Told in verse, the newly-released young adult contemporary Nothing Burns as Bright as You by Ashley Woodfolk tells of first love, complicated friend/relationships, and emotional gravity.
The passion between the narrator and her close friend (referred to as “you” throughout the book) is flammable. Their friendship is obsessive, explosive, hungry. Though more than friends, they are not necessarily “dating,” a point of contention simmering between them. But in this troubled world, together they are recklessly coping, sharing a mutual understanding of existential grief.
Written in two timelines—-one, which recounts days “before the fire” and illustrates their past; the other, which is the present timeline after they cause a dumpster fire at school—-Nothing Burns as Bright as You depicts the messy and destructive love these two teenage girls share over the course of a day and years.
On a personal note, reading this novel recalled many of my own experiences with my adolescent best friend, and how possessive and preoccupied we were with each other, both of us experiencing this unfathomable sensitivity to the world. Now, I can recognize the unhealthy elements of my past relationship and the relationship of the characters in this book, but during that phase in my life, it was all so visceral.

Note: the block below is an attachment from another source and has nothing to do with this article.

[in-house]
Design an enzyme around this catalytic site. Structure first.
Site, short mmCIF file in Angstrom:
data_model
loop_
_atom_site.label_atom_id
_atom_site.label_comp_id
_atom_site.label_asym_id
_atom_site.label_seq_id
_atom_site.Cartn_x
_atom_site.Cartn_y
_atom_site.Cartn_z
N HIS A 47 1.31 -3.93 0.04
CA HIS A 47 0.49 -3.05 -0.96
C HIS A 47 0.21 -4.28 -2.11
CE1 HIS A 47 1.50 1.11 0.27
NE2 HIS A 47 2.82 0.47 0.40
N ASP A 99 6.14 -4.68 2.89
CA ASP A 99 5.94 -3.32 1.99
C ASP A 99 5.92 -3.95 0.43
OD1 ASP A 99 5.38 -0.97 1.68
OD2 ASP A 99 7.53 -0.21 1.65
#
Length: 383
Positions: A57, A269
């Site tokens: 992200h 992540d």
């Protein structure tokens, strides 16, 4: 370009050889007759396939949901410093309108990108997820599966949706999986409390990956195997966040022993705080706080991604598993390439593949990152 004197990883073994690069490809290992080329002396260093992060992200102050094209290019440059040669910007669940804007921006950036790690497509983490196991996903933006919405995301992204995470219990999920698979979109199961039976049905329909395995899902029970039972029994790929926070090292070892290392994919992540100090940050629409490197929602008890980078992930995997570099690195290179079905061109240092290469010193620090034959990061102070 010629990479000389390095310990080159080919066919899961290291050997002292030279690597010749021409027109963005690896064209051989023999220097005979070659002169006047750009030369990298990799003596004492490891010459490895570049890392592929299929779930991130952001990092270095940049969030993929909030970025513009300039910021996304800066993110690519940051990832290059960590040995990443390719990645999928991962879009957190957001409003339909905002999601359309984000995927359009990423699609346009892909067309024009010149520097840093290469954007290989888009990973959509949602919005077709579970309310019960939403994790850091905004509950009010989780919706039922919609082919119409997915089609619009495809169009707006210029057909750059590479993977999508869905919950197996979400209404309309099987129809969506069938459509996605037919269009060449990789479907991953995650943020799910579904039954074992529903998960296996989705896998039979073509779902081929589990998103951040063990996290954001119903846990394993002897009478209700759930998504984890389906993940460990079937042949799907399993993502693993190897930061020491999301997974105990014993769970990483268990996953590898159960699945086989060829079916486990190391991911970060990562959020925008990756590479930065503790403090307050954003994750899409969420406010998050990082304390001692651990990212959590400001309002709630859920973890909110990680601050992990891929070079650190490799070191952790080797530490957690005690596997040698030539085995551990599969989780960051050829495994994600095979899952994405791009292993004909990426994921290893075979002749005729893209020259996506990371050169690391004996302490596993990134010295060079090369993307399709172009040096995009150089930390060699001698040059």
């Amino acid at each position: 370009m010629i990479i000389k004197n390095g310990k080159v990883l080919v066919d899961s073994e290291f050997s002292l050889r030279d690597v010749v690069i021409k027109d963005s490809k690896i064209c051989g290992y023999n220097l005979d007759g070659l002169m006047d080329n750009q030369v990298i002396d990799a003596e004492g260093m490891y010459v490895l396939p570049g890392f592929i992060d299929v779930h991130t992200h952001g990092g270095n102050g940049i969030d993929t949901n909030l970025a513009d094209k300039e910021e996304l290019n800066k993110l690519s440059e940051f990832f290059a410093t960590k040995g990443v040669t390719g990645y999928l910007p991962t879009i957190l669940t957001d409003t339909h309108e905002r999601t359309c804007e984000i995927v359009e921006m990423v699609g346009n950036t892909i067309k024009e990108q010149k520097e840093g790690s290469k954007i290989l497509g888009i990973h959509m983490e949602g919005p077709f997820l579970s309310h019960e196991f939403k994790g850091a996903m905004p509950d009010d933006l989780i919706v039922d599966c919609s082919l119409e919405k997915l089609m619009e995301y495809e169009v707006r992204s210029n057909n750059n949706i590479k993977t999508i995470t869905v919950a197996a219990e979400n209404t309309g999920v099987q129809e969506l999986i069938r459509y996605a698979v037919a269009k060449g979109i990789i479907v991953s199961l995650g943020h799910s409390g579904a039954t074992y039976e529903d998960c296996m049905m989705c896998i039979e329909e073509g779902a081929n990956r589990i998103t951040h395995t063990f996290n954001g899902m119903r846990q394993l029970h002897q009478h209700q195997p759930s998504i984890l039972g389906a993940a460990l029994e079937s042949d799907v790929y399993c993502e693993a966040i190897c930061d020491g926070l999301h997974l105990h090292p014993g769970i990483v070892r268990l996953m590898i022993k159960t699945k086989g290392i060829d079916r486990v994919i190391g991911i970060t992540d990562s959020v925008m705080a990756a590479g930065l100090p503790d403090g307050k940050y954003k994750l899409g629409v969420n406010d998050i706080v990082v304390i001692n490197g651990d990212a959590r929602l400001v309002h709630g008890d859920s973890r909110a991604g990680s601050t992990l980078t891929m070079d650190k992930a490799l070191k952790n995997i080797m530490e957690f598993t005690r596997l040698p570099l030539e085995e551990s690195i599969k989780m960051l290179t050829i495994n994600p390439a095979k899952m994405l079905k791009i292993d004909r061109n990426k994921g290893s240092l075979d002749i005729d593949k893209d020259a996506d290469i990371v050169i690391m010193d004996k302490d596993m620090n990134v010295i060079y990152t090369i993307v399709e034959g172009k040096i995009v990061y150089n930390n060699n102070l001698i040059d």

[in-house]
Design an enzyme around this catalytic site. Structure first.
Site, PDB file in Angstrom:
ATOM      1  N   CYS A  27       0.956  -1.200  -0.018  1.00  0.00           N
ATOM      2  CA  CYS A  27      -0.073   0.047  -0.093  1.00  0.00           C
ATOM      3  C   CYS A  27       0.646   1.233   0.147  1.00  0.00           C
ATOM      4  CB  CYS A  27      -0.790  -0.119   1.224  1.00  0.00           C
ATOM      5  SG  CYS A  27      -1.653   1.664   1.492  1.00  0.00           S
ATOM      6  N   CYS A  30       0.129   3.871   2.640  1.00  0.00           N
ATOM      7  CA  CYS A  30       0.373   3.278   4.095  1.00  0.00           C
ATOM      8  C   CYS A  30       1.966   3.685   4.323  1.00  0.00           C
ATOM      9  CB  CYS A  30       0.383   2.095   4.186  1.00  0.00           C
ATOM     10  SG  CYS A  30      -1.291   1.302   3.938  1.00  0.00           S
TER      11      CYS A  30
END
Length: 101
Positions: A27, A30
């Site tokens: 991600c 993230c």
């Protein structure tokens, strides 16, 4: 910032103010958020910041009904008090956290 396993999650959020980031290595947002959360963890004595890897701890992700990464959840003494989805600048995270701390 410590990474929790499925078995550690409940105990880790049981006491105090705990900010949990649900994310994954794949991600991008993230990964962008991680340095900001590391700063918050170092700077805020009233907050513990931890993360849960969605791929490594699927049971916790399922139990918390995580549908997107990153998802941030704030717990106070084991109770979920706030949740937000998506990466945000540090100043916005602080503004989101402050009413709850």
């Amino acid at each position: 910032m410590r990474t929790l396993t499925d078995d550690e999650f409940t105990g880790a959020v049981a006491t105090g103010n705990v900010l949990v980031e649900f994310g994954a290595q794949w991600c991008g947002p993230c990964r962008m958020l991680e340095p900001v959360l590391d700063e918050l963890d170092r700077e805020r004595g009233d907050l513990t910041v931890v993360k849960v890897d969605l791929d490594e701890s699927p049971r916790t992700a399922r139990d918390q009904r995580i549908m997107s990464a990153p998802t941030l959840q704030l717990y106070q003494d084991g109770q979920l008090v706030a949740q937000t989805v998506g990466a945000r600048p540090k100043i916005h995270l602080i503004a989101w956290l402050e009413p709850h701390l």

Reading this book was visceral too; Woodfolk so acutely captures this fierce desperation, this insatiable longing for one another even when furious with each other or hurt by them. This is an excellent young adult novel.
Woodfolk’s writing is emotional and sharp, and while some bits may have bordered on corny or melodramatic, it felt fitting for the character and her voice.
A little more than halfway through, the narrator writes:
You asked me what was wrong, but everything was wrong.
Because there were days
when I felt my pain
and your pain
and the pain of all the Bad Things in the world.
And how could I say that without having to explain?
And how could I explain?Nothing Burns as Bright as You by Ashley Woodfolk, p. 191
This quote in particular stood out to me for two reasons. First, whether an intentional nod to T.S. Eliot or not, the repetition of the question “And how could I explain?” evoked the recurring node from The Love Song of J. Alfred Prufrock: “And should I then presume? / And how should I begin?” Eliot repeats this in a few varied ways throughout his poem, and while I cannot assert that Woodfolk wrote these lines as some type of an homage, I liked it anyway.
The other reason this excerpt resonates with me is because I have often experienced what the narrator is describing: emotionally taking on others’ pain and feeling this all-consuming despair. During my adolescent and college years especially, I had this tendency to adopt and dwell on collective agony, and on countless occasions I have thought, “I feel like all the world’s pain is inside me right now.”
Nothing Burns as Bright as You is a significant novel that will resonate deeply with some adult readers and especially young adult readers. It is intense, desperate, and angsty in a way that encapsulates traditional adolescent grief and also the pervasive societal distress that permeates today’s youth’s faltering hope. Tragic and fiery, tender and raw, Nothing Burns as Bright as You is a story which leaves its mark.
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